Tuesday, May 24, 2016 4 comments

Mason Says Farewell to Kindergarten

Mason’s first year of school is drawing to a close. Yesterday, the kindergarten classes had their “graduation” ceremony.

In which Mason gets a hug, from the principal of the thing. :-P

He has made quite a few strides this year. He reads now, and he’s always been good with numbers. He doesn’t know it just yet, but he has a couple of graduation “presents” waiting for him tonight: his own writing/drawing journal, and the second Dragonbreath book. He always complains when packages arrive from Amazon and they’re not for him… at least the one coming in today is partly for him.

Wife’s birthday is tomorrow, Mason’s last day of school is Friday, DD’s wedding is Saturday, and I think I missed the 11th blogiversary day for TFM. This week is going to be crazier than usual. At least Thing #1 (the graduation) is over.

Saturday, May 14, 2016 6 comments

An Upgrade

Multitasking: Charlie’s eating and sleeping all at once,
while I’m feeding him and typing one-handed!
Sun Tzu said, "the wheels of justice grind slowly, but grind exceedingly fine.”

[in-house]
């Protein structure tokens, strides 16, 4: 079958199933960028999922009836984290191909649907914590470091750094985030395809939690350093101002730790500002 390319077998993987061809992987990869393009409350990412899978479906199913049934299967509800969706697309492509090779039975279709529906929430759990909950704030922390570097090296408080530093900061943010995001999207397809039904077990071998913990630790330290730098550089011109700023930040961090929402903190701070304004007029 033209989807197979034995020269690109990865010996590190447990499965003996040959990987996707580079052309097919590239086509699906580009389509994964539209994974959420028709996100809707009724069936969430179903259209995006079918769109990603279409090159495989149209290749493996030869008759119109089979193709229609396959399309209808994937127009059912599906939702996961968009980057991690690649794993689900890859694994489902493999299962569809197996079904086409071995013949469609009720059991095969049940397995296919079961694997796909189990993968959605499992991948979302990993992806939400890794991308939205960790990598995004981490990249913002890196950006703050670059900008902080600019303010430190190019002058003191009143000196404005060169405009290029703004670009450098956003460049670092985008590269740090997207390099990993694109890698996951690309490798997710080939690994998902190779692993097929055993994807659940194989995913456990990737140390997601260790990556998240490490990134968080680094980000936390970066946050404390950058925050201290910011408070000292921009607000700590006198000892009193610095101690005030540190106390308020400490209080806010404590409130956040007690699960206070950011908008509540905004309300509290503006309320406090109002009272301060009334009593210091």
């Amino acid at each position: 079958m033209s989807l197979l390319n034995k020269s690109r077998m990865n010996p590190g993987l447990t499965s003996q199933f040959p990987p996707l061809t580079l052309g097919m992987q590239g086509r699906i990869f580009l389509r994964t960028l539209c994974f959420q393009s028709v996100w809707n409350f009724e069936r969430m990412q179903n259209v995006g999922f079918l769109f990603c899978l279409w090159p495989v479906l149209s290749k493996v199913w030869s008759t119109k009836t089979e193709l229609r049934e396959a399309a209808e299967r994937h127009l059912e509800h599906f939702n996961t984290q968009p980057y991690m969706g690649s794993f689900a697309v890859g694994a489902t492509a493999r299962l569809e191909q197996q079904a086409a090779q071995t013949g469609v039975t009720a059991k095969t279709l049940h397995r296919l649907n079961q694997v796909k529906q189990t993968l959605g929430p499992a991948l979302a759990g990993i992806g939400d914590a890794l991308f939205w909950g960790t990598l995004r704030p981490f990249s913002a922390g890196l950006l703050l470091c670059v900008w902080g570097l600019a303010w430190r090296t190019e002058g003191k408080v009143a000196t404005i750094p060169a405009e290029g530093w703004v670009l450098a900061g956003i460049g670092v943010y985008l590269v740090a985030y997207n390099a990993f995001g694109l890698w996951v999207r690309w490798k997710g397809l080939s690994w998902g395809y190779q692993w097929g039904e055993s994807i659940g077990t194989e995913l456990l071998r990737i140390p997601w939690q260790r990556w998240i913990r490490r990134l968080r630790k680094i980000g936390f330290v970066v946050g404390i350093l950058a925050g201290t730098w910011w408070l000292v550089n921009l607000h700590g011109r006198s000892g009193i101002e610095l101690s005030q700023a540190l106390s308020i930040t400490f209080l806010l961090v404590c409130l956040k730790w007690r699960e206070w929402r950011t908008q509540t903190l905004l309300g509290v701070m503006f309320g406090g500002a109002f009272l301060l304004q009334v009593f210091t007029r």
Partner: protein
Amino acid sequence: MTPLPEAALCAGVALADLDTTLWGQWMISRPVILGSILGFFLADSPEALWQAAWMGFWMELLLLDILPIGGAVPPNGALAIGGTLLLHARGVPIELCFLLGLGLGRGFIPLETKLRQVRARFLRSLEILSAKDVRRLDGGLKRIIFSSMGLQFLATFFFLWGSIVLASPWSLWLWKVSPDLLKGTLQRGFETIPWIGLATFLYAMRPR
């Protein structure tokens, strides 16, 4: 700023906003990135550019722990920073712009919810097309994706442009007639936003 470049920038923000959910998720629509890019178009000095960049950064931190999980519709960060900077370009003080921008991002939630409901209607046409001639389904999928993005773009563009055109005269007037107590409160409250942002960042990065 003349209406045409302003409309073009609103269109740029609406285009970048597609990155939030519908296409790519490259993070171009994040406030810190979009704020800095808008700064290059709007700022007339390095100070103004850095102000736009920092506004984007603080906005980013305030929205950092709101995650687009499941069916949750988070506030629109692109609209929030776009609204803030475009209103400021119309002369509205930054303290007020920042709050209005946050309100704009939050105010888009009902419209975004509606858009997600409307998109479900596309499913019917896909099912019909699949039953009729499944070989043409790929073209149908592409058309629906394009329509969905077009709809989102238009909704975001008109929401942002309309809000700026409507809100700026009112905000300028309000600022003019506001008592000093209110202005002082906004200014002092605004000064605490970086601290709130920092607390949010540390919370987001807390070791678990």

Karma was awfully busy around FAR Manor this week, preparing for the runup to Thursday’s court hearing. Whether you believe Karma’s a b***h or not, she got awfully cranky having to work overtime on Tuesday and Wednesday.

Big V has insisted all along that she should have custody of Charles, regardless of her unwillingness to take care of herself and her fractional ability to take care of Skylar. She kind of spilled the beans at one point: what she really wants is the benefits and tax deduction she'll get for having custody, while we actually take care of him and have the expenses. The wife is already taking her and Skylar to their various appointments as it is. So she did what anyone does who doesn’t want to acknowledge reality: constructed a narrative.

Because of various things, mostly having to do with DD’s upcoming wedding, I worked at home Tuesday so Mason and Fizzle’s kids would have someone at the manor for them when they got off the bus. Thus, when Big V called, I got an earful of narrative. Most of it is pure crap, especially the part where she says we’re not allowing her to see Charles—in fact, when I had to go down there, I would take him inside to see her if he wasn’t asleep in the car seat. The crux of the matter is, we don’t let her have unsupervised visits. That’s not our doing, that was a stipulation from DFACS at the time we got him. Signed papers and everything. She seems to think that we should blow them off at her own whim, regardless of the consequences (which could involve Charlie being relocated and none of us get to see him, but Big V and rational aren’t even nodding acquaintances).